Tool 5: Consider More Helpful Thoughts

There are so many ways our thoughts can trap us in distressing feelings. Luckily we can learn how to get out of these traps.

Here are some tips.  

Tip 1: Use the Thought Diary to help you capture your thoughts about situations that come up in your daily life. Once you know what you are thinking, you can start to identify Thinking Traps and begin the process of freeing yourself from them. Find keeping a thought diary challenging? Check out the Troubleshooting tips. 

Tip 2: Take a step back and treat your thoughts as opinions you have about situations, rather than facts, even when they feel true. Recognizing thoughts as opinions helps to create some distance between you as an individual and your thoughts, therefore allowing you to look at your thoughts more objectively.

Tip 3: Be curious: observe what you think and consider different perspectives. After all, our thoughts are our perceptions about what’s going on, not necessarily what’s really going on. Consider the possibility that another person could have totally different thoughts about the exact same situation.

Tip 4: Take a moment (e.g., take a few deep breaths, listen to music, light a candle – see Taking Care for more ideas). Thinking differently is hard work, especially when emotions are running high. Some people find gaining new perspectives easier when they give themselves a chance to do something soothing

Tip 5: Don’t be discouraged if you did not feel much better after trying on the more helpful and balanced thought. The goal is not to have only positive thoughts and feelings. Having negative feelings and thoughts is part of being human. The goal is to learn to consider different perspectives and think flexibly. Increased mental flexibility has many benefits, including being less likely to stay stuck in thinking traps.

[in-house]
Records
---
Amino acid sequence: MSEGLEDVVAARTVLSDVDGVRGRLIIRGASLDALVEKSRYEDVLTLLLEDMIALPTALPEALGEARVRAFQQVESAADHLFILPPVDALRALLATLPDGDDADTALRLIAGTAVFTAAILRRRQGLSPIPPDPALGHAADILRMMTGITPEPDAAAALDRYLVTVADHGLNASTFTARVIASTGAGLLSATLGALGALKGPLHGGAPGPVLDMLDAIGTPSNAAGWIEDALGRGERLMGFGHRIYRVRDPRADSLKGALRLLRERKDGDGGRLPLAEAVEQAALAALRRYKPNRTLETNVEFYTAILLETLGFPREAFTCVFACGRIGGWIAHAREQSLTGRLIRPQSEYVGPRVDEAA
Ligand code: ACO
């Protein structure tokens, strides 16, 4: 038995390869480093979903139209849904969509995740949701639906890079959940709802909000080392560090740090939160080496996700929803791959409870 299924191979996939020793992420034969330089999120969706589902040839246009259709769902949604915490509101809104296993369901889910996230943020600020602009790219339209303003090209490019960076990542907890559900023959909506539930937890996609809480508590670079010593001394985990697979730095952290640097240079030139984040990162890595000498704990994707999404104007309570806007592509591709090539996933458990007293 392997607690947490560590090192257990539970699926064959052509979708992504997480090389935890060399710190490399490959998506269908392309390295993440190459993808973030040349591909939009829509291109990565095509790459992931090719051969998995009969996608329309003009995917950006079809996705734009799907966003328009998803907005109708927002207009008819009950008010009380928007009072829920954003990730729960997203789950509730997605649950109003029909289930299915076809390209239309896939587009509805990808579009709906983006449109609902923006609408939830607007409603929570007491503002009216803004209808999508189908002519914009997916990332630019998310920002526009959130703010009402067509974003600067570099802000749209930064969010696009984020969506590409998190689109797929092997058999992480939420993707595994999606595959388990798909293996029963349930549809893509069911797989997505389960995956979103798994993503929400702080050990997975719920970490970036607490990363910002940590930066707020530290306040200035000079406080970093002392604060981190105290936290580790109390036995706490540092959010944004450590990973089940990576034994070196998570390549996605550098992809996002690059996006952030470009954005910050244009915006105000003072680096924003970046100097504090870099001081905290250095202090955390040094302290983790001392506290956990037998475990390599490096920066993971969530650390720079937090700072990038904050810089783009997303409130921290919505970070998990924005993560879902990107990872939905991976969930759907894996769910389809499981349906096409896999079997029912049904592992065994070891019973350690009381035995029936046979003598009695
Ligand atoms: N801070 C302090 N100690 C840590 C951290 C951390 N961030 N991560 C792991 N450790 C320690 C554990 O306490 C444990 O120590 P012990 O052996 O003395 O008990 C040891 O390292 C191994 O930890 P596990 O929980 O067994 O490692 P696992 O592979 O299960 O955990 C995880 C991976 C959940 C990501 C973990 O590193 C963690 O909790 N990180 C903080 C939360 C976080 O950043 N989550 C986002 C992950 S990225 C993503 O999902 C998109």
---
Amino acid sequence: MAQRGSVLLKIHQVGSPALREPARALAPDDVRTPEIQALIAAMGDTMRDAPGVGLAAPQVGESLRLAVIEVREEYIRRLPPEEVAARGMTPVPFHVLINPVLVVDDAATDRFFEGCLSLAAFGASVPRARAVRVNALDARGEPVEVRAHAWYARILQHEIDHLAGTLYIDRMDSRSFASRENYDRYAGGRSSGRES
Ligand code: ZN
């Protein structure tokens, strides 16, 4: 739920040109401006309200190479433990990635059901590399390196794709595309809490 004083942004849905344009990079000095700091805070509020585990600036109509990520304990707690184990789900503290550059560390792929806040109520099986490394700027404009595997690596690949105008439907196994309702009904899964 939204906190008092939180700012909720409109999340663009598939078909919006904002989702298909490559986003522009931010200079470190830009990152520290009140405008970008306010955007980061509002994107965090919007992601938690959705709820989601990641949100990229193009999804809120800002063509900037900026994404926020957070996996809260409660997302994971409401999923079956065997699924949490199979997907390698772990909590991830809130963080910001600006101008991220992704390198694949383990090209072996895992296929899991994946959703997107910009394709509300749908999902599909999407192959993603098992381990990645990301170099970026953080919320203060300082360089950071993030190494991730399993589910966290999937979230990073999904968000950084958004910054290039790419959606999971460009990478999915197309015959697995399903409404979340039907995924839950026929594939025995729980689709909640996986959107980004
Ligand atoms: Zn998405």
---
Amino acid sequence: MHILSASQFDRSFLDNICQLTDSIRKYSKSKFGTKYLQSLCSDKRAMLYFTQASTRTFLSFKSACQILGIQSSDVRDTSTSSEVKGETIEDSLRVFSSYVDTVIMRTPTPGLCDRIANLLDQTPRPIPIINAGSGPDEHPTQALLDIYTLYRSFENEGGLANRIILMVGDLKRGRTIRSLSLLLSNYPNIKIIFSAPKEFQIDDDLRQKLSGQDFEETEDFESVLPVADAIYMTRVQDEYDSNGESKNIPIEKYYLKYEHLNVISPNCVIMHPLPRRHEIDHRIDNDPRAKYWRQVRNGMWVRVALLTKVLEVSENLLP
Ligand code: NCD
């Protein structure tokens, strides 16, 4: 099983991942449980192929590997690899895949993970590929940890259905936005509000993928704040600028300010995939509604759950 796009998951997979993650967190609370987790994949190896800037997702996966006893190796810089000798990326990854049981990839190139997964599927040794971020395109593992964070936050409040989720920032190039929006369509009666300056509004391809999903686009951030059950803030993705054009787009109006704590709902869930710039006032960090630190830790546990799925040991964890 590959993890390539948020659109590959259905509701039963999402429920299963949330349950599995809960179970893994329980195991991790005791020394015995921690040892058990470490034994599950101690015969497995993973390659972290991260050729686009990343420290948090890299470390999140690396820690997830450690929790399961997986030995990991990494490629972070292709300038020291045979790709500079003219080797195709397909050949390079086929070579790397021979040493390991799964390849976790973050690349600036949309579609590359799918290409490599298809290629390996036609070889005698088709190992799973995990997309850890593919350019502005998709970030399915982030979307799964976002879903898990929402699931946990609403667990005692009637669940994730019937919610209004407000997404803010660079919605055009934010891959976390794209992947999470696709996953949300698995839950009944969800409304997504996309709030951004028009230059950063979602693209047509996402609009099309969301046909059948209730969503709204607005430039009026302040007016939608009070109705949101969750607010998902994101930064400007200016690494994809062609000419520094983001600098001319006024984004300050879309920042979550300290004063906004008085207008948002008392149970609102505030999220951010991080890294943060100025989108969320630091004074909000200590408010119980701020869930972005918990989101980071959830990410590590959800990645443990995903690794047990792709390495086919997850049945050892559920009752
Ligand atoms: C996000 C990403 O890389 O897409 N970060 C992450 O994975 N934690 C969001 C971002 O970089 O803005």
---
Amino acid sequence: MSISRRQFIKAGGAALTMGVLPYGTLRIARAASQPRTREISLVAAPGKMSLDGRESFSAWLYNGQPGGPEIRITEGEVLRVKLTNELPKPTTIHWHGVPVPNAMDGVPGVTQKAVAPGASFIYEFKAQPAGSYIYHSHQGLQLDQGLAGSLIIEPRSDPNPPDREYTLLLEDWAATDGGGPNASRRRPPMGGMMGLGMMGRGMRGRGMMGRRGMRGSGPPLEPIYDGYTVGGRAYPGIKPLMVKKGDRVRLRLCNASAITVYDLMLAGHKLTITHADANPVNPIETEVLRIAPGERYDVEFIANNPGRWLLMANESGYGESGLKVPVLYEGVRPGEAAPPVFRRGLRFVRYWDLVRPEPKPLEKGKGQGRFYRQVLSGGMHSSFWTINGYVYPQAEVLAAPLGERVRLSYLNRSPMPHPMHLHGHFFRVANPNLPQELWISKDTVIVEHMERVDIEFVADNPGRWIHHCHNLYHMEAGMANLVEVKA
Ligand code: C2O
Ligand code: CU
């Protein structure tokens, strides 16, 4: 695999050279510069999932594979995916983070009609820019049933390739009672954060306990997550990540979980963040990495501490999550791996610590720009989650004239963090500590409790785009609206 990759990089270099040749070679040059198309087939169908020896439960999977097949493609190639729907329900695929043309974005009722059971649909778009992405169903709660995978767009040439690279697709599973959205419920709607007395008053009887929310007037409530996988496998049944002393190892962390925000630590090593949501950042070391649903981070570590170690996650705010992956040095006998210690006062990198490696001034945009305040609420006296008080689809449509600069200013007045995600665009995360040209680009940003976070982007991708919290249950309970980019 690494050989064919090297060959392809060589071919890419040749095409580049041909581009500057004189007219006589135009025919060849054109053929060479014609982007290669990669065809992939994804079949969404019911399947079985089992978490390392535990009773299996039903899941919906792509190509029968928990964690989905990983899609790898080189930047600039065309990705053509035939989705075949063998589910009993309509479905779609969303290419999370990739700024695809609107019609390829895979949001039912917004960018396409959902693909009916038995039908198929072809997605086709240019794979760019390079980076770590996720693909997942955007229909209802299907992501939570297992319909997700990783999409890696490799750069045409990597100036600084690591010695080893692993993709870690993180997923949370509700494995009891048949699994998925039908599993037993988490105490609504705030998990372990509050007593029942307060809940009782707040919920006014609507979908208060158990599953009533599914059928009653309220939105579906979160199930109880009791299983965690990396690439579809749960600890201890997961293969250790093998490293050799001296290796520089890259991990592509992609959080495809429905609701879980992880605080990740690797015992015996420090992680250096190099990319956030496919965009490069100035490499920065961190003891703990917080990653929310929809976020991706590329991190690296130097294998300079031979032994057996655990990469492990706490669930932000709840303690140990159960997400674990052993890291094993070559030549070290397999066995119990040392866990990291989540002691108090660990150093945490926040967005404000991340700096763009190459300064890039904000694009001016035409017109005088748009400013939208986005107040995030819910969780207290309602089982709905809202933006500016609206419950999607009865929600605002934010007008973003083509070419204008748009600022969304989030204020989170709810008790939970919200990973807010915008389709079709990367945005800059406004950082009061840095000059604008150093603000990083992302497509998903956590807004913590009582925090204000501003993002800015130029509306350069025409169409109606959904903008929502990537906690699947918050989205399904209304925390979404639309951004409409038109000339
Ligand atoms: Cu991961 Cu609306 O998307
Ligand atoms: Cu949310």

Examples of more helpful thinking

 Thinking Trap Questions to Ask Yourself Realistic Thinking

Jumping to Conclusions
I’m not going to the local new mom group because I won’t fit in. Talking to other mothers will just highlight how little I know about being a mother.

  • What evidence do I have to support my thought?
  • Is there any evidence to suggest this might not be the case? 
I can’t really predict what’s going to happen. The first time is usually the hardest. But I don’t have any evidence that I definitely won’t fit in. It will likely get easier as I attend the group more regularly. If I don’t try, I’ll never know.
Worst-Case Scenario
I can't stop comparing my son to other children his age. If I find that he is developing slower, I worry that he’ll always be behind and won’t be successful in life … and I won’t know how to help him.


  • Am I assuming the worst-case scenario?
  • What is the more likely scenario?
  • Is there anything I can do to cope, if something bad did happen?
  • Have I coped with difficult life circumstances before? Am I underestimating my ability to cope with difficulties and challenges?
I am assuming the worst here. I am not an expert in child development. I don’t actually know for sure that my child is slower in his development in comparison to other children his age. Every child develops at his or her own pace. Even if my child is in fact a bit “behind” now doesn’t mean he’ll remain behind and not succeed in life. Although I can’t imagine being able to deal with the worst-case scenario right now, I’ve always surprised myself about how well I rise up to challenges.

It’s All My Fault
It must have been my fault that I ended up having an emergency C-section. There must have been SOMETHING I could have done to prevent it.


  • Am I taking on responsibility for things outside of my control?
  • Have I considered other factors or people that might influence the situation?
  • How much control do I really have over this situation?
  • Am I holding myself responsible for something not entirely within my control?

I did the best I could to prepare for the birth, but no one has control over every part of childbirth, not even doctors. I can hold myself responsible for this, but is it helpful? I can’t control what happened. The important thing is that both the baby and I are safe and healthy. It’s okay that I feel sad and disappointed about it. It is probably more helpful for me to acknowledge how I feel and start focusing on the present.

Harsh Critic
I SHOULD always be able to soothe my child right away when she is upset. I’m a bad mother for not being able to do so.